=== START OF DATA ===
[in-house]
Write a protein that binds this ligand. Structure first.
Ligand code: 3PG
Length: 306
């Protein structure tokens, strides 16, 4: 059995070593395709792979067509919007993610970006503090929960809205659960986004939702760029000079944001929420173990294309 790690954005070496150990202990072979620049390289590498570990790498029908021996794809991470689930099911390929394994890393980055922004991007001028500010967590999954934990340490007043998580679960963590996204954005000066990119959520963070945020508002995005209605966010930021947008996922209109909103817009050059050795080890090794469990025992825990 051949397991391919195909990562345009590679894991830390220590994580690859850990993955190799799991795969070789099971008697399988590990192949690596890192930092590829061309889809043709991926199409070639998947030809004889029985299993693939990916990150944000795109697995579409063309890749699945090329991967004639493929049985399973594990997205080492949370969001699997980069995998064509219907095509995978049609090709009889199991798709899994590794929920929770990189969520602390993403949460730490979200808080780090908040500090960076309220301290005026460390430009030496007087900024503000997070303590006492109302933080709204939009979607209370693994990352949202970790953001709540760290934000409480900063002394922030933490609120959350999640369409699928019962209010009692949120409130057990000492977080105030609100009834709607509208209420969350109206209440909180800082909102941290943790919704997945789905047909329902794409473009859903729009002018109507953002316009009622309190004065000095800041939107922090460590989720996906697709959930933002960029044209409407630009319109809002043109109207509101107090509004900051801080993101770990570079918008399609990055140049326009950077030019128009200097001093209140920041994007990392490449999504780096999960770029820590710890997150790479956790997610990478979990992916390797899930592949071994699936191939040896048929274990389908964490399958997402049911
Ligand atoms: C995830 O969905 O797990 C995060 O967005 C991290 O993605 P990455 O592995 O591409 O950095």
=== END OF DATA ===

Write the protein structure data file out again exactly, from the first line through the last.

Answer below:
[in-house]
Write a protein that binds this ligand. Structure first.
Ligand code: 3PG
Length: 306
């Protein structure tokens, strides 16, 4: 059995070593395709792979067509919007993610970006503090929960809205659960986004939702760029000079944001929420173990294309 790690954005070496150990202990072979620049390289590498570990790498029908021996794809991470689930099911390929394994890393980055922004991007001028500010967590999954934990340490007043998580679960963590996204954005000066990119959520963070945020508002995005209605966010930021947008996922209109909103817009050059050795080890090794469990025992825990 051949397991391919195909990562345009590679894991830390220590994580690859850990993955190799799991795969070789099971008697399988590990192949690596890192930092590829061309889809043709991926199409070639998947030809004889029985299993693939990916990150944000795109697995579409063309890749699945090329991967004639493929049985399973594990997205080492949370969001699997980069995998064509219907095509995978049609090709009889199991798709899994590794929920929770990189969520602390993403949460730490979200808080780090908040500090960076309220301290005026460390430009030496007087900024503000997070303590006492109302933080709204939009979607209370693994990352949202970790953001709540760290934000409480900063002394922030933490609120959350999640369409699928019962209010009692949120409130057990000492977080105030609100009834709607509208209420969350109206209440909180800082909102941290943790919704997945789905047909329902794409473009859903729009002018109507953002316009009622309190004065000095800041939107922090460590989720996906697709959930933002960029044209409407630009319109809002043109109207509101107090509004900051801080993101770990570079918008399609990055140049326009950077030019128009200097001093209140920041994007990392490449999504780096999960770029820590710890997150790479956790997610990478979990992916390797899930592949071994699936191939040896048929274990389908964490399958997402049911
Ligand atoms: C995830 O969905 O797990 C995060 O967005 C991290 O993605 P990455 O592995 O591409 O950095």